May 21, 2024
Building a startup is like building a house | TechCrunch


Imagine, if you will, a contractor who approaches you with a gleam in their eye and a plan so vague it might as well be written in invisible ink. “Trust me,” they say, “I’ll work on your house for three months. I’ll spend 30% of the money on plumbing, 30% on framing and building the walls and roof, 10% on electric work, and the rest on paint and such.” When you ask if the house will be livable by the end, they shrug. “Who knows? But isn’t the journey exciting?”

This is a scenario so absurd you’d laugh the contractor out of your yet-to-be-installed front door. But this example is eerily similar to the pitch many startup founders make to potential investors. My research indicates that more than half of founders don’t have a decent “use of funds” slide. This isn’t great. Founders, you can do better.

When you’re building a house, of course you’d demand a blueprint, a timeline, and a clear picture of what your future home will look like. You wouldn’t settle for a contractor whose only plans are to “wing it.” In startup land, however, founders often expect investors to buy into a dream that’s woven with threads of ambiguity.

Investors, much like homeowners, are not looking to pour their money into a foundation that leads nowhere. They want to invest in a “house” that, at the end of the construction period, is not only standing but is also ready for the next phase, whether that be living in or selling.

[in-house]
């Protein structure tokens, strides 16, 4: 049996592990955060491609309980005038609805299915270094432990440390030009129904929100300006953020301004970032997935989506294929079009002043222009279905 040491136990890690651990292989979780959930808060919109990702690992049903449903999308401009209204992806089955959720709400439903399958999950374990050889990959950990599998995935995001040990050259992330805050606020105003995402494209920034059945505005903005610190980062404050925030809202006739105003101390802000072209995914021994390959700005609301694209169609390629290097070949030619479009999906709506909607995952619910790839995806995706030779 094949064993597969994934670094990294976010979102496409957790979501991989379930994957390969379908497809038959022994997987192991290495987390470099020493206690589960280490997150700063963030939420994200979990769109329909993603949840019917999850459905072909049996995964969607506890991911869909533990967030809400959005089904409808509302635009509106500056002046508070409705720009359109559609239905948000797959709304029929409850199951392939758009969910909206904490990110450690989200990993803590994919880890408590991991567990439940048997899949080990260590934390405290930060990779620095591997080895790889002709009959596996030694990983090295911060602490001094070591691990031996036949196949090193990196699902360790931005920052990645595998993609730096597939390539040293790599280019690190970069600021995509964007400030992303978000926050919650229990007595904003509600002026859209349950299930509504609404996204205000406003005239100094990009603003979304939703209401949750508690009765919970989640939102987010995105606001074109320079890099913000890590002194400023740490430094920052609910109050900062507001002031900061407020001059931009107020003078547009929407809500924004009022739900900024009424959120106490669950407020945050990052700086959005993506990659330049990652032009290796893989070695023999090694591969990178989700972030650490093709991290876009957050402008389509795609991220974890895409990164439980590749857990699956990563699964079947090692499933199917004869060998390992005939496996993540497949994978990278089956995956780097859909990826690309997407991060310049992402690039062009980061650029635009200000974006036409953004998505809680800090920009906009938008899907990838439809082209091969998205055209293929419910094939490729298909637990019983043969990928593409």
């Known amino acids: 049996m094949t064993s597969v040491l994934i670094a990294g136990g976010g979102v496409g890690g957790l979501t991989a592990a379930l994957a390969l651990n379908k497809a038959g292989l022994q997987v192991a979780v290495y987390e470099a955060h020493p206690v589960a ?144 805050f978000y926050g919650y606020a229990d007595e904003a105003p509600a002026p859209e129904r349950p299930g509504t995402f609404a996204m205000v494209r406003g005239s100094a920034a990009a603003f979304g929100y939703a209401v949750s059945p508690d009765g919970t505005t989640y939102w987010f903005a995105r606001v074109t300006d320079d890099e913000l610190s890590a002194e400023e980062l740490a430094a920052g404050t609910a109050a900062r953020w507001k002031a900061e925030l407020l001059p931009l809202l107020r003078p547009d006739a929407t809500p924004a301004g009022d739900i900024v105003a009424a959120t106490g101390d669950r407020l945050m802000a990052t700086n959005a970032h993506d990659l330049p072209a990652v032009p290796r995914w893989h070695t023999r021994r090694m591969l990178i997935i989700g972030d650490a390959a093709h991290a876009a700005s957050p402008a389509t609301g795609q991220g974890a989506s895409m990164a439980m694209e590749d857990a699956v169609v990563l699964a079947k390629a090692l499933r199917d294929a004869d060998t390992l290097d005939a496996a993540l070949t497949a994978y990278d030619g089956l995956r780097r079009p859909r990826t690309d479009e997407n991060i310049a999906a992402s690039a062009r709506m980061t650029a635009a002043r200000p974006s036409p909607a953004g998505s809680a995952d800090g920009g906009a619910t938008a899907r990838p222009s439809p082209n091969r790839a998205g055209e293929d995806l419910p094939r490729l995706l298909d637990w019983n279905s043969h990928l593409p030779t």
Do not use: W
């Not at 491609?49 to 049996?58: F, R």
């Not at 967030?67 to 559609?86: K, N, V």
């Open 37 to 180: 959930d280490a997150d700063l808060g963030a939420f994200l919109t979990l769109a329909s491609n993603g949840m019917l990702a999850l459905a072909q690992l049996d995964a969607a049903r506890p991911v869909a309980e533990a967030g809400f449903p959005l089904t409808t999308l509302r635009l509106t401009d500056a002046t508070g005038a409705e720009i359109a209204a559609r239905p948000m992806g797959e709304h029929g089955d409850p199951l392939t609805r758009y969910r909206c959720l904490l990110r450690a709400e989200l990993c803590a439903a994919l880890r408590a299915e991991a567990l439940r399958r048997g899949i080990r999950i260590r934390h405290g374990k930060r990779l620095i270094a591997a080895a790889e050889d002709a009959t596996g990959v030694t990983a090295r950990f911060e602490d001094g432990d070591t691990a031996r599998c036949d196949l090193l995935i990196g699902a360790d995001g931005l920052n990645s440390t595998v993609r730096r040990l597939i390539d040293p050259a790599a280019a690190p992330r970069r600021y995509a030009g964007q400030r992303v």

For a startup, the “finished house” isn’t bricks, mortar, and those cool USB power sockets, but it’s built with milestones and achievements.

Will the startup have filed any patents? How many customers will it attract? What revenue figures will it boast? These are the “rooms” and “fixtures” investors are looking to find in the startup house. If these milestones align with what investors expect for the startup’s next funding round, the startup stands a pretty decent chance at a successful fundraise.

The house analogy works in more ways than one: Mistakes happen, and estimates that are flat-out wrong are pretty common. No one expects a contractor to predict the future with absolute certainty; weather delays, supply issues and other unforeseen events can always throw a wrench in the works. However, a good contractor will have a plan, a schedule and contingency measures in place.

When it comes to startups, looking over the plans and poking holes at it is what’s called “doing due diligence.” Startup founders can’t foresee every market fluctuation or challenge, but they can and should outline their goals, strategies and how they plan to overcome potential obstacles. This plan is their blueprint for success, and the plan should be at least in the realm of doable.

Look, I get it. Founders might shy away from providing detailed plans, perhaps due to fear of failure or criticism. Perhaps it’s their first startup. Or maybe there are huge gaping holes of the unknown in their future. That’s fine, that’s reasonable, but show that you know how to plan for that, too.

The journey of building a startup is an adventure filled with unexpected twists and turns, much like the construction of a dream home. Anyone who’s taken their home down to the studs has at some point sat in the middle of a wrecked living room, sobbing their eyes out when yet another curveball comes their way. That’s startup life: You roll with the punches.

But you need a plan, and you need to be able to present that plan as part of your pitch. Nobody’s going to give you a pickup truck, a blank check and directions to your nearest Lowe’s. You need to nail your “use of funds.”



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